Travel Thursday Snapshot: Copenhagen Thermometer

Having been born and raised in Southern California, I reach for a hoodie when it gets into the 60s. Oddly enough, I like cool weather, as long as I’m warmly dressed. My hands and feet don’t like it, but my legs don’t mind, which is why often you’ll catch me wearing shorts with gloves. As long as my nose and ears can take it, and the wind isn’t so bad, I’m good to go even in the low 50s.
Of course I did some skiing in the local mountains, shot the Vancouver Winter Olympics—really wasn’t that cold—and most of all did Arctic training in the Marines, where I learned the secret to going to the bathroom in freezing weather: don’t. But that was with the highest tech gear available, and with all the running around I was actually sweating as long as the wind chill didn’t get through the balaclava. So I have been in cold weather before, even ridiculous stuff—I only lasted two hours on Antarctica, but that was partly due to the smell of the penguins—but am in no way used to it.
It was early November as I took the shuttle to LAX, wearing my heaviest jacket because it wouldn’t fit in my luggage. Of course it had to be 104 in the city of beautiful angels that day, but by the time I landed in London it was exactly half that, so I ended up needing the jacket and was glad I’d put up with the sweat to start.
A few weeks later I was in Copenhagen, fully enmeshed in the story A Ton of Redheads, which you will find earlier in this blog history. It was a rare evening alone, so for once I didn’t have a redhead telling me which club to head to. Instead I wandered from the center of town, where the train station was, though not taking the Stroget this time, as I knew it well by now. I’m sure my fantastic sense of direction kept me from getting too lost—could always grab a taxi back anyway—but all these years later I can’t remember just where I was when I stopped to take a photo of something most tourists probably didn’t notice.copen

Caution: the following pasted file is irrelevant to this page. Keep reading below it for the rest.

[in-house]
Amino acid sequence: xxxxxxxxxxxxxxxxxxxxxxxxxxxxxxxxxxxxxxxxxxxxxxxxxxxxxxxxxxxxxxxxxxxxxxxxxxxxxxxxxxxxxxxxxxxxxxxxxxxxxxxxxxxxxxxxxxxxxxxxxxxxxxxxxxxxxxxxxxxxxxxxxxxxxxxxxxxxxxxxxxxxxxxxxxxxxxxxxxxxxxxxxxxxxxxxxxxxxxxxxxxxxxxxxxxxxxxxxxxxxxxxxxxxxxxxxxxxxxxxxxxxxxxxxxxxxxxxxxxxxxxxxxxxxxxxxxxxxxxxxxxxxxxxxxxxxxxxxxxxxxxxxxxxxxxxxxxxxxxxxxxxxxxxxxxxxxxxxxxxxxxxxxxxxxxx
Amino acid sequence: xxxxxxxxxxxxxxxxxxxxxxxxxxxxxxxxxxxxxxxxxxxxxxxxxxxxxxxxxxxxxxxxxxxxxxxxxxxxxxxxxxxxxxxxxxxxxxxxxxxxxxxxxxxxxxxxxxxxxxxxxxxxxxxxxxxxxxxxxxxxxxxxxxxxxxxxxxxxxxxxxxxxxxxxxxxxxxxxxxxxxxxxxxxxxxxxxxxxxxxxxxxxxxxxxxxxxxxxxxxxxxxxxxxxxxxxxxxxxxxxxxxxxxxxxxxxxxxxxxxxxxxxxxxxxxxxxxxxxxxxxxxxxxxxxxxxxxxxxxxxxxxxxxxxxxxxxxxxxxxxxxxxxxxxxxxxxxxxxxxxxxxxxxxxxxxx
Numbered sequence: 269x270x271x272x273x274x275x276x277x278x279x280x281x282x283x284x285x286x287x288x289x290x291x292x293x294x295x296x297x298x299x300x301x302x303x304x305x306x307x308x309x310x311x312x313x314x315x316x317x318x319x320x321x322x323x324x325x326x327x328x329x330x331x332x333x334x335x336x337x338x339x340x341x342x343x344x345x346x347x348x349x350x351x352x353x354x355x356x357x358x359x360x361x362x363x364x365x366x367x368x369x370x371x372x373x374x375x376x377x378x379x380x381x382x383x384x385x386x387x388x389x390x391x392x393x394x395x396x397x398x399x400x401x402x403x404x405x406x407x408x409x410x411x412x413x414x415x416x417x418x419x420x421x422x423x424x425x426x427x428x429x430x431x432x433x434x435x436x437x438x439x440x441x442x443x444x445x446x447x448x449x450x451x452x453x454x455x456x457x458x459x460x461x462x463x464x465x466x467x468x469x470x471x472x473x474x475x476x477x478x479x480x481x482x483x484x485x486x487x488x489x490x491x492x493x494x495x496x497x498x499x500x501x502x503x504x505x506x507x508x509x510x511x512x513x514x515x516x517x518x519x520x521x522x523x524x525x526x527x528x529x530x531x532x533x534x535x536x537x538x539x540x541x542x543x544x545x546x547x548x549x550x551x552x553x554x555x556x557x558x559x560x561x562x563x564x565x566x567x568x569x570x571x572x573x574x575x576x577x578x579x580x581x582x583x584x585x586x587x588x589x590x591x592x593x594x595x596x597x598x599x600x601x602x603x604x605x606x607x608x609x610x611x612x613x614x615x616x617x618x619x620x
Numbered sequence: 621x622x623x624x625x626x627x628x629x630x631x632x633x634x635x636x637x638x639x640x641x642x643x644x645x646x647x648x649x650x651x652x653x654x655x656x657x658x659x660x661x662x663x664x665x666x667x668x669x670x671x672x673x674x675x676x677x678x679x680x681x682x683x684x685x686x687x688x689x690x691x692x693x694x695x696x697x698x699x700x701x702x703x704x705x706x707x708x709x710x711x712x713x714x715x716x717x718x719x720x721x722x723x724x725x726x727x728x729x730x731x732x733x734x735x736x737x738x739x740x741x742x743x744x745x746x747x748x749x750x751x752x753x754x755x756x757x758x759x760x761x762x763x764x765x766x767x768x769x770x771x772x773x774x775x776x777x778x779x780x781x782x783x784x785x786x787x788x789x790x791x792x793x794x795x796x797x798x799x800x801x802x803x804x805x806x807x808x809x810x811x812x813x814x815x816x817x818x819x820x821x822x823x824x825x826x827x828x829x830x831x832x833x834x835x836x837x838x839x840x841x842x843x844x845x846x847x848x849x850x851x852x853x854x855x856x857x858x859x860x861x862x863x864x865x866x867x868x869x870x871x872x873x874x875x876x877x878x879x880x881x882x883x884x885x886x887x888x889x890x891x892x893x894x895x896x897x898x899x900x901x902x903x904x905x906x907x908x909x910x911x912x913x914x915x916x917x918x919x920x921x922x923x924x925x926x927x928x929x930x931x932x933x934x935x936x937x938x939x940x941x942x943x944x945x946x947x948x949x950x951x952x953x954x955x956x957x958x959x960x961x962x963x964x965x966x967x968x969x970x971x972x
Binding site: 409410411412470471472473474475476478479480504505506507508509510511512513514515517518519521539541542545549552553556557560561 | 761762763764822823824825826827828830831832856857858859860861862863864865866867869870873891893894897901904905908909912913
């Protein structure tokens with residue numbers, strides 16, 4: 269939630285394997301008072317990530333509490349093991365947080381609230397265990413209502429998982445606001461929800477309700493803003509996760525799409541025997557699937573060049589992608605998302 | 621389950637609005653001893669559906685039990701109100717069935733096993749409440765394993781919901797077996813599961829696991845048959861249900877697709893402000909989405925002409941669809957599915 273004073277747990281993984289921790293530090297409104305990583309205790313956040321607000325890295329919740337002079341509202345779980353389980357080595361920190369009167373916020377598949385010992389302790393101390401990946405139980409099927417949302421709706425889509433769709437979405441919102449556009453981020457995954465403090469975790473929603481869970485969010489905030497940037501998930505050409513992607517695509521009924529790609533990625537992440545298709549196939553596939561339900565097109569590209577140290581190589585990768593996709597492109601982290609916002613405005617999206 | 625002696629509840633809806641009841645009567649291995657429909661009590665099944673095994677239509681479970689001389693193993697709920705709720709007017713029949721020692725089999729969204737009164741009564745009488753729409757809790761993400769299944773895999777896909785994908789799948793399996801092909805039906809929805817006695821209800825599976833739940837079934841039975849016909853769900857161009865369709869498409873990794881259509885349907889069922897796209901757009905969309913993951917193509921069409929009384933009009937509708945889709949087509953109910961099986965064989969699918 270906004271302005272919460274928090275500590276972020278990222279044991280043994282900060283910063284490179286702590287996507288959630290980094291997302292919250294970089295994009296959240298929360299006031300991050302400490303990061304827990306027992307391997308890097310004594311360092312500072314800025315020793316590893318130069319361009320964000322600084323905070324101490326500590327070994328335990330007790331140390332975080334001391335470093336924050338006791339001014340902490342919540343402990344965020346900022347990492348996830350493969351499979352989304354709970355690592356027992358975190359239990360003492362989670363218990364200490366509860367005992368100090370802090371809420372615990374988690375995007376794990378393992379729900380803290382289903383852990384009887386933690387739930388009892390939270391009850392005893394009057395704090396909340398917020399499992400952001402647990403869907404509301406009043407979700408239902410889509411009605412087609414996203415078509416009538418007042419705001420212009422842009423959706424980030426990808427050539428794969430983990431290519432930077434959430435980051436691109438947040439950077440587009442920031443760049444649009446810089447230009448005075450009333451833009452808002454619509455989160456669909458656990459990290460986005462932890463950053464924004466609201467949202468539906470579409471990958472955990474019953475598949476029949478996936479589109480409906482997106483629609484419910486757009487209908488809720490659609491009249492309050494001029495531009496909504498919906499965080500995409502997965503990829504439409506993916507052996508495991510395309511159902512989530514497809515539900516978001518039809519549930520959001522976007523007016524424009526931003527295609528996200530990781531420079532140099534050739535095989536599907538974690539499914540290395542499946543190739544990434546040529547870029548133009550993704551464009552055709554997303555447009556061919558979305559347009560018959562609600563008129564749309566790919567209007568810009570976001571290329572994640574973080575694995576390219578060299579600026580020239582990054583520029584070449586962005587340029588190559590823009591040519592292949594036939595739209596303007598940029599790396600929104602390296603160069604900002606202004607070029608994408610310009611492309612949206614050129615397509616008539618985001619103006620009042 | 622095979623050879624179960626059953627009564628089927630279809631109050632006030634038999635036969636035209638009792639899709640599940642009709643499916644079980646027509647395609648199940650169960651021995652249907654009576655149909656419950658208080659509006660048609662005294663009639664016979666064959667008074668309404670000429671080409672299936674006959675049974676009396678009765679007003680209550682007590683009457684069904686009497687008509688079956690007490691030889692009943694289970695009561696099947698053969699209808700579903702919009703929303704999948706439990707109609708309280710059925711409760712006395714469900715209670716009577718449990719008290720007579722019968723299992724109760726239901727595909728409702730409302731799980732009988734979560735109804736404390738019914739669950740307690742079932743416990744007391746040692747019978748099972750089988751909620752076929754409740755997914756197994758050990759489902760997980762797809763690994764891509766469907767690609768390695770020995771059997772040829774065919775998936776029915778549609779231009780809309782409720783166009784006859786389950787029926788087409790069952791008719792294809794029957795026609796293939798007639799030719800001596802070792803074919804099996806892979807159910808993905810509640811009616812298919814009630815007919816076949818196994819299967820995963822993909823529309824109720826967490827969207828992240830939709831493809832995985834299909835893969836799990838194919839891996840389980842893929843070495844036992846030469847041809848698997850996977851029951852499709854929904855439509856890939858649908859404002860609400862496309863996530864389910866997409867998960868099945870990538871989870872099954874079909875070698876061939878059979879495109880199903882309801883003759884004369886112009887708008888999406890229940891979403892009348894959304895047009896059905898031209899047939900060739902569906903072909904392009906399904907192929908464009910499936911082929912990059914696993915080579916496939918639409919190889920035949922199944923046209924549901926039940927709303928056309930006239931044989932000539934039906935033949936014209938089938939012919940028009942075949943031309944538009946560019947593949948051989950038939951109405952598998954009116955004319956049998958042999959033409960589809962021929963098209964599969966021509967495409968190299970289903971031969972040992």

If my math isn’t as bad as usual, that thermometer on the building had it in the low 40s, but that was early in the evening, and the night was just starting. Take a look at the little kid in the right foreground, blimped up like the Michelin Man, to tell you what his parents thought about the forecast. (I later went over to see what he’d found on the ground that was so interesting, but it must have moved on.) I do remember walking down that street, looking for anything that caught my eye like I do in Berlin or Zurich or many other places. Perhaps I wrote something down in my journal about it, but there’s nothing that comes to mind in my brain about anything I saw there, which means nothing bad happened either. As long as I kept walking I didn’t feel much cold, until my ears and nose couldn’t take it anymore. At a certain point, not having any fun, I said screw it and flagged down a taxi to my hotel, knowing I had a full day of redheaded fun to come once the sun came up. . . and warmed things up a bit.
;o)

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